The 14 Most Intriguing Developments of the 2016 Astros season

added 11/05/2016 by Greg Thurston

Now that the World Series is over and baseball has crowned a new champion, it's time to look back on the Astros' 2016 season -- and to dream about what the future holds. Although the season has to be characterized as a disappointment, there were also a number of pleasant surprises. The positive, the negative, and the unbearable... they're all included in my look back at the season that was.

In homage to Alan Ashby, recently excused from his duties as an announcer on the Astros television broadcasts, I give you the 14 most intriguing developments of the 2016 season.

Why 14?

Because our favorite #AfterDark commentator wore number 14 throughout his 11-year stint as a player for the Astros. Ashby also had two stints in the announce booth in Houston, covering the Astros for a total of 12 seasons.

So, without further ado, I give you the fourteen most intriguing developments of the Astros 2016 season.

14. Colby Rasmus gets paid, starts out hot, then disappears

My first offering starts with an intriguing offer. After Colby Rasmus ascended to Rock Star status in his first season in Houston, the Astros dangled a $15.8 million qualifying offer for the 2016 season – and the outfielder snatched it up like a lazy fly ball headed right to him.

The Astros took a calculated risk. If Rasmus had declined the offer, the team would have been awarded an extra draft pick before the second round of that summer's draft. But Rasmus was happy to sign on the dotted line (and effectively double his salary) to spend another year in a town he had grown quite fond of.

The gamble looked like it was paying off as Rasmus got out to a quick start. Colby jacked seven home runs in 54 at-bats in the first 19 games of the year, winning A.L. Player of the Week honors in the third week of the season. But the hot streak ended abruptly. Rasmus didn't homer again until game number 41. By that time his OPS had dropped from a ridiculous 1.147 to a pedestrian .773. It took another 25 games for Rasmus to get back in the HR column. A lingering ear infection slowed him for most of the second half and a mystery ailment kept him out of action for the final two weeks of the year. When it was all over, Rasmus ended the season as one of the least productive offensive players in the league (.641 OPS). Rasmus was, however, named as a finalist for the Gold Glove Award in recognition of his outstanding defense. Intriguing.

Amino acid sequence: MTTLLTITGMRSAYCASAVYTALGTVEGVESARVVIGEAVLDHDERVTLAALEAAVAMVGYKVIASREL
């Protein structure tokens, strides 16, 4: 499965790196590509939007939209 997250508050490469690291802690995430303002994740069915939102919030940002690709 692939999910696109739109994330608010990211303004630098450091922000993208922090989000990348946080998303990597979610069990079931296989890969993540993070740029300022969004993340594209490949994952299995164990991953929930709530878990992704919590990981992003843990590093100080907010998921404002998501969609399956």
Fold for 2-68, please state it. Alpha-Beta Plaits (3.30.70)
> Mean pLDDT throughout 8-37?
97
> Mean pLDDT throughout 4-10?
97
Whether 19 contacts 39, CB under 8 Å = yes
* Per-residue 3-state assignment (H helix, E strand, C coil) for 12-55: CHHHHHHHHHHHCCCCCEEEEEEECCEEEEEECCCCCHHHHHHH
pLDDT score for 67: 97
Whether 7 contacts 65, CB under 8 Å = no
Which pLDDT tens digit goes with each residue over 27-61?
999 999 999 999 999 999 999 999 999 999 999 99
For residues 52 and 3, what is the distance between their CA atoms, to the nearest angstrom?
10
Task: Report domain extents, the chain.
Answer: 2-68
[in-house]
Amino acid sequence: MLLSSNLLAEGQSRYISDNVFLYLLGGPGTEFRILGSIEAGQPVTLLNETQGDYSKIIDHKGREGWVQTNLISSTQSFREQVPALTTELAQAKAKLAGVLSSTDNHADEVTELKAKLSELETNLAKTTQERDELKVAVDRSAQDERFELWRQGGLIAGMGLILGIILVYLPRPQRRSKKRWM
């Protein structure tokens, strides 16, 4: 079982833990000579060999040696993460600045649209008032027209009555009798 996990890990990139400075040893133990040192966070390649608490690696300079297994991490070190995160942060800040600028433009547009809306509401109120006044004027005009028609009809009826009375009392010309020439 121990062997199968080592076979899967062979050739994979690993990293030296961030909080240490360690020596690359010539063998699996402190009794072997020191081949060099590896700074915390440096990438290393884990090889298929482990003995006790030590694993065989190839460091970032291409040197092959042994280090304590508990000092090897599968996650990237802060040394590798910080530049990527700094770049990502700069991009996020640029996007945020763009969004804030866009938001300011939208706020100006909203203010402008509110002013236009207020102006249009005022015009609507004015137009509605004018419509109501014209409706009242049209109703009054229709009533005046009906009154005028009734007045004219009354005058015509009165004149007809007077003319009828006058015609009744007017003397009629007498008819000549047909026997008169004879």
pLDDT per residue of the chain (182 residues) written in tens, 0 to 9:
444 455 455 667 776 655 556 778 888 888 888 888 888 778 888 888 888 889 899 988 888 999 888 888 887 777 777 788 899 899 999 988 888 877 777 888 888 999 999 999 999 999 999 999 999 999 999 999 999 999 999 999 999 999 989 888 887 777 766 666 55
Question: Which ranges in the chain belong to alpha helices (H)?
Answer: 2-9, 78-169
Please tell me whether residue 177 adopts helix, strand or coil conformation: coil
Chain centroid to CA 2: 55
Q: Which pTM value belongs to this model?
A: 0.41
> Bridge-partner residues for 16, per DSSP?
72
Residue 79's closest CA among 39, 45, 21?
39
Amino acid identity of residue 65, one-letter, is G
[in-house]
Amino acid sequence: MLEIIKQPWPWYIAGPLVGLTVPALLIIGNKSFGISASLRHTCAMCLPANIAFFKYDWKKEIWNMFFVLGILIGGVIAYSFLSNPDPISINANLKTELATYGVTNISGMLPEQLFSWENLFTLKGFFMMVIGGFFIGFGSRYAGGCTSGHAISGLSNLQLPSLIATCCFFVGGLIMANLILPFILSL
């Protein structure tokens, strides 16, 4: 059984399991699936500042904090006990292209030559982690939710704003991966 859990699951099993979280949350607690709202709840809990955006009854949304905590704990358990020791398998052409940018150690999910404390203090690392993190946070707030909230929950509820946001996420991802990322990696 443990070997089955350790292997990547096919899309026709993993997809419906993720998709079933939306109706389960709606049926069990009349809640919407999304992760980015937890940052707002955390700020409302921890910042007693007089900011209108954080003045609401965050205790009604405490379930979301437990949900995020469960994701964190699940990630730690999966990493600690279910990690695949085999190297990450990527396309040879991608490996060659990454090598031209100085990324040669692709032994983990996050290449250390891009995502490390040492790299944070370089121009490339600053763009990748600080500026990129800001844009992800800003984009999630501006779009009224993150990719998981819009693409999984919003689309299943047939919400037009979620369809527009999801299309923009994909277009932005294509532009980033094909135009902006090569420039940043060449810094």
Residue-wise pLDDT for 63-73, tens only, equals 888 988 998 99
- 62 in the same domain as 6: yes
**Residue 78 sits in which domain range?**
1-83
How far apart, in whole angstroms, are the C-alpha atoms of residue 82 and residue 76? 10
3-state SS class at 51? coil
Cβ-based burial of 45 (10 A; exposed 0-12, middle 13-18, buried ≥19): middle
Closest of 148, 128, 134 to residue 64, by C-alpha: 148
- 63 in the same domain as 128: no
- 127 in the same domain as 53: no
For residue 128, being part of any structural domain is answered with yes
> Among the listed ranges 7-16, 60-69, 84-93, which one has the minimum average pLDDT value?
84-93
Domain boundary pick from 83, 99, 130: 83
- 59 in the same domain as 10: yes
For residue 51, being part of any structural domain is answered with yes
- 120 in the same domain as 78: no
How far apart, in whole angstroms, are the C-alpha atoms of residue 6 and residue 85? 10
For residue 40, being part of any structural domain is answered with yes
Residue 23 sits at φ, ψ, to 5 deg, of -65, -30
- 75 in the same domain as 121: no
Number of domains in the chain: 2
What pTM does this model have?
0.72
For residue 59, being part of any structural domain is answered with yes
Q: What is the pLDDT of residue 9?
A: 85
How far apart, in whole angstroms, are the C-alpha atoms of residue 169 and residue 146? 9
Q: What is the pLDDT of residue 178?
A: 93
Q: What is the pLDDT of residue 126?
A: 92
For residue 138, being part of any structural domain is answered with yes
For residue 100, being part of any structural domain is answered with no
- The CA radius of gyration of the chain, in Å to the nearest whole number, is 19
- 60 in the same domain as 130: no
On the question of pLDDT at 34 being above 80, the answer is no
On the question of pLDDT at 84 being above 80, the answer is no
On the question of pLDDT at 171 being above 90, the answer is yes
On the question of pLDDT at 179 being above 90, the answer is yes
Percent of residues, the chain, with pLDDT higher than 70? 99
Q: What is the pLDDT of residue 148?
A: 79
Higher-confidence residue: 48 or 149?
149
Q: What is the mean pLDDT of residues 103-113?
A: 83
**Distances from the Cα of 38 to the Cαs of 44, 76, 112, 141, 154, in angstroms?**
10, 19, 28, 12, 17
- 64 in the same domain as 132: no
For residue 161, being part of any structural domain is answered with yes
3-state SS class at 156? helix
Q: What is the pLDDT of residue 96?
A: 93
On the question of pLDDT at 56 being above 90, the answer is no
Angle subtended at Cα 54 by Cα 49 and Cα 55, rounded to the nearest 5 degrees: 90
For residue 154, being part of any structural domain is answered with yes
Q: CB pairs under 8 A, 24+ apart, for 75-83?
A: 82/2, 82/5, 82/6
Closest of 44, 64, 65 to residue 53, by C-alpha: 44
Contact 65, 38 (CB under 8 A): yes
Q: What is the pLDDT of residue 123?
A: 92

13. Meltdown against Angels... At Home... In September!

In an up-and-down season in which few things were certain, the Astros ability to beat the Anaheim Angels seemed to be exactly that. That is... until the evening of September 22nd.

That night, the Astros entered a 4-game home series against the Angels at a season-high ten games over the .500 mark and one game out of a playoff spot. The Astros owned an 11-1 record against the Halos during the season, including 11 straight wins over the “of Anaheims”. But the offense didn't show up for the series opener and the streak came to an abrupt end in shutout fashion.

Game 2 of the series seemed to be going along smoothly as the Astros took a 6-3 lead into the eighth inning. The Angels put a run on the board against Luke Gregerson to make it 6-4 but surely Ken Giles would be able to protect the lead in the ninth.

No. Not even close.

Giles was only able to record one out in the inning while giving up a total of six runs on three hits and three walks in what turned into a 10-6 loss. A similar bullpen meltdown occurred the following evening as Astros relievers coughed up nine runs over the final two innings to lose 10-4. The Astros salvaged the final game of the series, but the damage had already been done. They now found themselves three games out of the final playoff spot and had fallen behind both Detroit and Seattle. What had looked like a golden opportunity had turned into a nightmare.